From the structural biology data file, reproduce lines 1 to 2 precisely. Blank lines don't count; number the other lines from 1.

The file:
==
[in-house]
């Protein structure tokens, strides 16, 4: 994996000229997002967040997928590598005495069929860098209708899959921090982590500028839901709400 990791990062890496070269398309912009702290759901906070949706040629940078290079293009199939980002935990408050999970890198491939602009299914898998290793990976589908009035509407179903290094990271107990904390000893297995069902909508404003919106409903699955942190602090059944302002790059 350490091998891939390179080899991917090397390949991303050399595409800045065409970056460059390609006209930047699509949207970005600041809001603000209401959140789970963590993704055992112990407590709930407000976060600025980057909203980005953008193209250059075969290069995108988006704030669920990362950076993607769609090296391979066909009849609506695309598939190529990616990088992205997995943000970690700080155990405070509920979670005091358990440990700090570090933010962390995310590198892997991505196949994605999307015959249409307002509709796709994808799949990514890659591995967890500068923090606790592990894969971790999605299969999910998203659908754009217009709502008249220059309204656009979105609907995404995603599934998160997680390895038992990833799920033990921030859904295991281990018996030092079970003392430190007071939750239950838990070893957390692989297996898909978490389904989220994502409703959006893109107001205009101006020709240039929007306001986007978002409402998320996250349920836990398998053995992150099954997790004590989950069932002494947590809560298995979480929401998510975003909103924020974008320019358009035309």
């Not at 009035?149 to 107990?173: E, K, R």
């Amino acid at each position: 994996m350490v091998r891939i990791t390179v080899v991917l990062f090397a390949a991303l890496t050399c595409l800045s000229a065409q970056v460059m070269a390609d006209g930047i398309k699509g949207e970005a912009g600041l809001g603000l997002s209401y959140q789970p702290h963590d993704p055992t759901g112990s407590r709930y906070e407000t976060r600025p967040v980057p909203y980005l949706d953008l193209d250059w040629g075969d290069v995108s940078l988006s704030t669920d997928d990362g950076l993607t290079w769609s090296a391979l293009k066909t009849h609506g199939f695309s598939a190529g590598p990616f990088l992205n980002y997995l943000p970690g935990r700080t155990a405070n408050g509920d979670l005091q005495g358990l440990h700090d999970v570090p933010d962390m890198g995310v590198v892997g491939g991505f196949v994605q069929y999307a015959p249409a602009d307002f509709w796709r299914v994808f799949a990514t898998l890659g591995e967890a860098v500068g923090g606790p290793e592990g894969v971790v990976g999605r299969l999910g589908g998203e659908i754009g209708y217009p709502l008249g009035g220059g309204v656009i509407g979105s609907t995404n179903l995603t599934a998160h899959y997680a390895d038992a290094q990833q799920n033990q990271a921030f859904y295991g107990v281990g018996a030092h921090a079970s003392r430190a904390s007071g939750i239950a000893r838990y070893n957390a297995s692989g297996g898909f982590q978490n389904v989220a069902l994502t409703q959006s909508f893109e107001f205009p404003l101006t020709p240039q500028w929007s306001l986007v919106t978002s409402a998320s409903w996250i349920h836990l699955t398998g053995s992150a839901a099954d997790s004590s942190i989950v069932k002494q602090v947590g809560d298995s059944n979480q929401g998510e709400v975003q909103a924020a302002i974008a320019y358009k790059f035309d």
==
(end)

[in-house]
């Protein structure tokens, strides 16, 4: 994996000229997002967040997928590598005495069929860098209708899959921090982590500028839901709400 990791990062890496070269398309912009702290759901906070949706040629940078290079293009199939980002935990408050999970890198491939602009299914898998290793990976589908009035509407179903290094990271107990904390000893297995069902909508404003919106409903699955942190602090059944302002790059 350490091998891939390179080899991917090397390949991303050399595409800045065409970056460059390609006209930047699509949207970005600041809001603000209401959140789970963590993704055992112990407590709930407000976060600025980057909203980005953008193209250059075969290069995108988006704030669920990362950076993607769609090296391979066909009849609506695309598939190529990616990088992205997995943000970690700080155990405070509920979670005091358990440990700090570090933010962390995310590198892997991505196949994605999307015959249409307002509709796709994808799949990514890659591995967890500068923090606790592990894969971790999605299969999910998203659908754009217009709502008249220059309204656009979105609907995404995603599934998160997680390895038992990833799920033990921030859904295991281990018996030092079970003392430190007071939750239950838990070893957390692989297996898909978490389904989220994502409703959006893109107001205009101006020709240039929007306001986007978002409402998320996250349920836990398998053995992150099954997790004590989950069932002494947590809560298995979480929401998510975003909103924020974008320019358009035309």